The Secretary of State for International Development, the Rt Hon Douglas Alexander MP, is to deliver the annual Hugh Gaitskell Memorial Lecture at The University of Nottingham.
The lecture, entitled The Future of Aid, will be chaired by the University’s Vice-Chancellor, Professor David Greenaway. It takes place in the Exchange Building, Jubilee Campus, on Thursday October 29 at 6pm.
Douglas Alexander’s previous roles include Secretary of State for Transport, Secretary of State for Scotland, Minister of State for Europe, Minister for Trade, Investment and Foreign Affairs and Minister for e-Commerce and Competitiveness.
The Hugh Gaitskell Memorial Lecture is an annual event held in memory of the former leader of the Labour Party, who taught at University College, Nottingham, in the 1920s. Hugh Gaitskell, party leader from 1955 until his death in 1963, joined the Department of Adult Education at University College in 1927 and lectured on economics to local miners, as part of courses organised jointly by the University and the Workers Educational Association. The event is free and open to the public.
The lecture will be hosted by the UNESCO Centre for Comparative Education, of the University's School of Education, which promotes research, scholarship, postgraduate education and advanced training in comparative and international education policy.
Director of the Centre Professor W John Morgan said: “The Future of Aid is a crucially important topic given the current economic and financial crisis and the way it is affecting public spending. It is an economic question, but it is also a moral and a political one, which concerns us all as British and as global citizens.”
For more information on the event contact Sue Davis on 0115 951 4393 or firstname.lastname@example.org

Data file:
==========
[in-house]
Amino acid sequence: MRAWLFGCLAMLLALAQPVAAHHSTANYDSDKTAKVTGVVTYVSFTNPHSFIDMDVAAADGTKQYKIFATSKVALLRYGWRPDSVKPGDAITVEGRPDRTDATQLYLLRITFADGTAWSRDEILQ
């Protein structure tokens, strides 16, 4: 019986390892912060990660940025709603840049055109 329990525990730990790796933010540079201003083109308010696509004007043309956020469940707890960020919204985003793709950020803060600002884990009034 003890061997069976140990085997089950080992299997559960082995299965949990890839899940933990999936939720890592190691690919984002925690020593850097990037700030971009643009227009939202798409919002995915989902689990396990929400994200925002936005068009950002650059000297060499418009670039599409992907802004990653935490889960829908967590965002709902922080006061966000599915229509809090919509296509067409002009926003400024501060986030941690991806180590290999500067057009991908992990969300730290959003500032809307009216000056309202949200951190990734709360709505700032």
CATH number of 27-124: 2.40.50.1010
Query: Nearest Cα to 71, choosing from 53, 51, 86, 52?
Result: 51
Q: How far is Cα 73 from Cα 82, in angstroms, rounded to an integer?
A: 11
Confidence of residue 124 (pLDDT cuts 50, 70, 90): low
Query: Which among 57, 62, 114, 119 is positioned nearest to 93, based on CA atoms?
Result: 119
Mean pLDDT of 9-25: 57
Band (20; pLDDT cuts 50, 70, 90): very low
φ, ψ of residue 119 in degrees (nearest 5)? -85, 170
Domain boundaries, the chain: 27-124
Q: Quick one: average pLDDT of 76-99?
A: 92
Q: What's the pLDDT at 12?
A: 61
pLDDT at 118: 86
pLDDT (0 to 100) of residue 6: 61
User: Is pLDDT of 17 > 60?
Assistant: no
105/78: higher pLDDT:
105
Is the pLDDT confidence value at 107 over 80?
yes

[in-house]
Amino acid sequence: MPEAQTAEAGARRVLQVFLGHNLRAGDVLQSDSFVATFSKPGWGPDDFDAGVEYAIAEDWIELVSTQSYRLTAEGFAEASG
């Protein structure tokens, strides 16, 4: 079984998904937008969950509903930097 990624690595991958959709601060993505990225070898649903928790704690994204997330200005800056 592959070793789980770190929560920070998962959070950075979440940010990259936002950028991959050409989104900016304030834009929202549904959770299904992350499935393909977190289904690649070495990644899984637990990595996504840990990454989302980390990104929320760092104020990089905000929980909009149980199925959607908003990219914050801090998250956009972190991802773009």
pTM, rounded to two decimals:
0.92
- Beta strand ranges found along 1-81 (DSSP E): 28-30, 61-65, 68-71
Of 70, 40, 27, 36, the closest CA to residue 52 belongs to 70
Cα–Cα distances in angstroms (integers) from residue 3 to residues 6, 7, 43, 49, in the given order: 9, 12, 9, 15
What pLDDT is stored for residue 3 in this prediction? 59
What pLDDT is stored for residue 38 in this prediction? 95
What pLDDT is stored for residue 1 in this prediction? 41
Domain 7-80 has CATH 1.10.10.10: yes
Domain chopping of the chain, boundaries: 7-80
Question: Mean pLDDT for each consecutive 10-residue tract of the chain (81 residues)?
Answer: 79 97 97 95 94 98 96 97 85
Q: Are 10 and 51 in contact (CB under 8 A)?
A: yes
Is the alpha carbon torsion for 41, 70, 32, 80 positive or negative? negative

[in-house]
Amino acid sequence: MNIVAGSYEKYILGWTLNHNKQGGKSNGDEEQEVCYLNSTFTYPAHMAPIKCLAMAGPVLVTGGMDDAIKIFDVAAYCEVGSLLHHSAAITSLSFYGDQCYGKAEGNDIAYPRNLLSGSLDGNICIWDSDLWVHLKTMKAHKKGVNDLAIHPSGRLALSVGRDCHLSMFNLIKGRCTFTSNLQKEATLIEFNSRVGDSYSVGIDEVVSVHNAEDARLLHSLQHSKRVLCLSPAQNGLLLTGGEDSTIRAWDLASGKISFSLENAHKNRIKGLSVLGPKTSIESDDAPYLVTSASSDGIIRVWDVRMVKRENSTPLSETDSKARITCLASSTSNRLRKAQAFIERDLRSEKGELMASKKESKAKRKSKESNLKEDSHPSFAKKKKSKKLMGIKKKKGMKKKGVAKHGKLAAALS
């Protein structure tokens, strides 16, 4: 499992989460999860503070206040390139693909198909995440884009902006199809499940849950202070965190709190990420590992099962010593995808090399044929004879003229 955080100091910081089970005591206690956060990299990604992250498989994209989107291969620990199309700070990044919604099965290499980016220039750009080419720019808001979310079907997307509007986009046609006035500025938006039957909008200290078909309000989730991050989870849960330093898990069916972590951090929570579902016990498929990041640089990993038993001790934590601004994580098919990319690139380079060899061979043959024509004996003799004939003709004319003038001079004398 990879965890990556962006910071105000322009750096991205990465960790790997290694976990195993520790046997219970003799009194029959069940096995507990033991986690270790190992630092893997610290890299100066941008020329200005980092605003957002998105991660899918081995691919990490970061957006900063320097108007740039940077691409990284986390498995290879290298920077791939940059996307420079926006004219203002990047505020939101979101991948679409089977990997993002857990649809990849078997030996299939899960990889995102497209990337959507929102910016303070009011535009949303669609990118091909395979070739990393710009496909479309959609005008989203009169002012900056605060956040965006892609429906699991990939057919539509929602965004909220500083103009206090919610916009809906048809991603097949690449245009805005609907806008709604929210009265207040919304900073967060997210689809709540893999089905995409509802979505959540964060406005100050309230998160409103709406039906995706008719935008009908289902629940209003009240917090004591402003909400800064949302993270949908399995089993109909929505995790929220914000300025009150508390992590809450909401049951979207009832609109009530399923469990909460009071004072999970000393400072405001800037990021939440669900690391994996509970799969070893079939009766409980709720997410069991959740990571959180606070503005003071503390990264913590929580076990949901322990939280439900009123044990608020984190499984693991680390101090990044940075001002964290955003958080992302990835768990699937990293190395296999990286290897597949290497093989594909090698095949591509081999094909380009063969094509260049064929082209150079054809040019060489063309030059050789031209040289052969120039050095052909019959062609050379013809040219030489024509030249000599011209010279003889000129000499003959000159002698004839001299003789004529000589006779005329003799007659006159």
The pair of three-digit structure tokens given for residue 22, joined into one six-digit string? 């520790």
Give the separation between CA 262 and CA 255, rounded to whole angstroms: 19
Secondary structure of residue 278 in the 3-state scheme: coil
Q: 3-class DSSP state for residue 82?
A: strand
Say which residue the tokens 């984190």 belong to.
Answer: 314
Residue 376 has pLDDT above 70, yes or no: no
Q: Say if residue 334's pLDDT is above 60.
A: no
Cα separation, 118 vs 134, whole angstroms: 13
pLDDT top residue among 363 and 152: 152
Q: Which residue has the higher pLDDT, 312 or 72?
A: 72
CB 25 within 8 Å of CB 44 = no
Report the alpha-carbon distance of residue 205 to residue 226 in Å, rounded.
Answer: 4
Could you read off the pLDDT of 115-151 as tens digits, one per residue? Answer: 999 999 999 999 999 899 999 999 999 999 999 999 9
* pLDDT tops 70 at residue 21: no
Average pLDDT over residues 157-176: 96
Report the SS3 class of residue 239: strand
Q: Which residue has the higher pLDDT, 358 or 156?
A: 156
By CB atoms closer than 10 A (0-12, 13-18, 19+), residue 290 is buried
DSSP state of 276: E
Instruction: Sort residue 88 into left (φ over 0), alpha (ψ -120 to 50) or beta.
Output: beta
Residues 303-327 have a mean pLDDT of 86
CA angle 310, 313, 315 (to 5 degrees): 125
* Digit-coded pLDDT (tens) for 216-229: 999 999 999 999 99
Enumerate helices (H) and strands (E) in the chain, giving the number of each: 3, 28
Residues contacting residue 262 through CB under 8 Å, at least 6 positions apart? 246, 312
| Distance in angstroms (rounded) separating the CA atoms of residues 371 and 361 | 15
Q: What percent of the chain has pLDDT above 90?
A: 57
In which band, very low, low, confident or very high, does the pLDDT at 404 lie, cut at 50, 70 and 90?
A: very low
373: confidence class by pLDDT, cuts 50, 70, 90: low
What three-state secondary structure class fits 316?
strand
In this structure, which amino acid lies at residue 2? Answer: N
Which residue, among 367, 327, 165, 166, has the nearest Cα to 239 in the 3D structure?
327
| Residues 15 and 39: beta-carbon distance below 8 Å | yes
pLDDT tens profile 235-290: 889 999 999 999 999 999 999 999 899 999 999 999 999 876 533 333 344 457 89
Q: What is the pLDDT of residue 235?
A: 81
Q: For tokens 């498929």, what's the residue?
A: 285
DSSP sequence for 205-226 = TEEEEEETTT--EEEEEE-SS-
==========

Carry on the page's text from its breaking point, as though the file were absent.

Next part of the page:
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Notes to editors: The University of Nottingham is ranked in the UK's Top 10 and the World's Top 100 universities by the Shanghai Jiao Tong (SJTU) and Times Higher (THE) World University Rankings.
More than 90 per cent of research at The University of Nottingham is of international quality, according to RAE 2008, with almost 60 per cent of all research defined as ‘world-leading’ or ‘internationally excellent’. Research Fortnight analysis of RAE 2008 ranks the University 7th in the UK by research power. In 27 subject areas, the University features in the UK Top Ten, with 14 of those in the Top Five.
The University provides innovative and top quality teaching, undertakes world-changing research, and attracts talented staff and students from 150 nations. Described by The Times as Britain's “only truly global university”, it has invested continuously in award-winning campuses in the United Kingdom, China and Malaysia. Twice since 2003 its research and teaching academics have won Nobel Prizes. The University has won the Queen's Award for Enterprise in both 2006 (International Trade) and 2007 (Innovation — School of Pharmacy), and was named ‘Entrepreneurial University of the Year’ at the Times Higher Education Awards 2008.
Nottingham was designated as a Science City in 2005 in recognition of its rich scientific heritage, industrial base and role as a leading research centre. Nottingham has since embarked on a wide range of business, property, knowledge transfer and educational initiatives (www.science-city.co.uk) in order to build on its growing reputation as an international centre of scientific excellence. The University of Nottingham is a partner in Nottingham: the Science City.